House Panel Retains Curb On Gun-Trace Data Release


A key congressional committee dealt a major blow to New York Mayor Michael Bloomberg's campaign against illegal firearms yesterday, refusing to allow police departments broader access to data that tracks guns sales, the New York Times reports. The bill restricting release of the information was approved by the House Appropriations Committee, paralleling a Senate committee’s vote. Bloomberg, who recently left the Republican Party, has traveled the U.S. for more than a year, lobbying Congress, rallying hundreds of other mayors and financing a media campaign aimed at the end of what he once called a “godawful piece of legislation.”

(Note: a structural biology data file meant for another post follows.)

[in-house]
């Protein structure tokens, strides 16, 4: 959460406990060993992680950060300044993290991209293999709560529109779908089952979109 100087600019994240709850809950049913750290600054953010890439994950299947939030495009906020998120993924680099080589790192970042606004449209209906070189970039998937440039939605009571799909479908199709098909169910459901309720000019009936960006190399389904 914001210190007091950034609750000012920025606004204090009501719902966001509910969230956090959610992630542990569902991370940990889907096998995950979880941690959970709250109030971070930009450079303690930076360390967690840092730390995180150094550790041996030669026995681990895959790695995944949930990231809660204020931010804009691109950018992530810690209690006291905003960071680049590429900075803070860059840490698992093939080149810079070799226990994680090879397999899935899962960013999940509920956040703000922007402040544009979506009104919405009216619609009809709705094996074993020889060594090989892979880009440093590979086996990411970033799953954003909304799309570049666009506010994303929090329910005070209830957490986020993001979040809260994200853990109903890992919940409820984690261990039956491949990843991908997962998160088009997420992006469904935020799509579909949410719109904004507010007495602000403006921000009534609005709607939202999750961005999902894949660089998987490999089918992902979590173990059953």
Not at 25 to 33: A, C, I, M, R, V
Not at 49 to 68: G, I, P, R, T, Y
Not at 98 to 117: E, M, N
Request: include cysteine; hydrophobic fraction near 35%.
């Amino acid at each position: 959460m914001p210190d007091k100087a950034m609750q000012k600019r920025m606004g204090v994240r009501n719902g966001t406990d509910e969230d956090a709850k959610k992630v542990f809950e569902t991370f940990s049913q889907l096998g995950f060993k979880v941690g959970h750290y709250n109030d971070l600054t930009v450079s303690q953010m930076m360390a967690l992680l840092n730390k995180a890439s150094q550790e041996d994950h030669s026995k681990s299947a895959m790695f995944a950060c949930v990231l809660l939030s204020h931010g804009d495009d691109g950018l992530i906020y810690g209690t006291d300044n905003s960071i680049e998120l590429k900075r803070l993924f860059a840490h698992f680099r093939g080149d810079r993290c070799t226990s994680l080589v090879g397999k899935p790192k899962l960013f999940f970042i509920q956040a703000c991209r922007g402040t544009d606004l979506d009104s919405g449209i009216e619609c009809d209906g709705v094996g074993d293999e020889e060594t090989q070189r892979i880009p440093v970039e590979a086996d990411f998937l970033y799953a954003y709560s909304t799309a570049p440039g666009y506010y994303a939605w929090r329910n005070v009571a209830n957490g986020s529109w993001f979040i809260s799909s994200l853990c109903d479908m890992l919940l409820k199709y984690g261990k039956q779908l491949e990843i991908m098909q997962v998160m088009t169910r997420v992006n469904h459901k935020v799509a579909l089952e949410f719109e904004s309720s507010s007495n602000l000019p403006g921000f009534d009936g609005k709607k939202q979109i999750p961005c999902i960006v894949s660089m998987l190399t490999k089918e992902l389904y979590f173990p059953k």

That legislation, known as the Tiahrt Amendment, for Representative Todd Tiahrt, the Republican from Kansas who introduced it, is intended to keep trace data, which shows the path from manufacturer to retail purchase of a gun recovered in a crime, from being used in civil suits against gun dealers and manufacturers. Under the provision approved by the House committee yesterday, the Bureau of Alcohol, Tobacco, Firearms and Explosives can release the information only to law enforcement agencies or officials in connection with criminal investigations or to federal agencies for national security or intelligence purposes. Some law enforcement officials who support the measure have argued that broader release of the information could jeopardize their investigations. Chris Cox, chief lobbyist for the National Rifle Association, said that the vote showed that members of Congress were convinced that it was not worth risking the lives of law enforcement officers and the privacy rights of gun owners “simply to pursue a failed political agenda” of using law enforcement data for suits against the gun industry.


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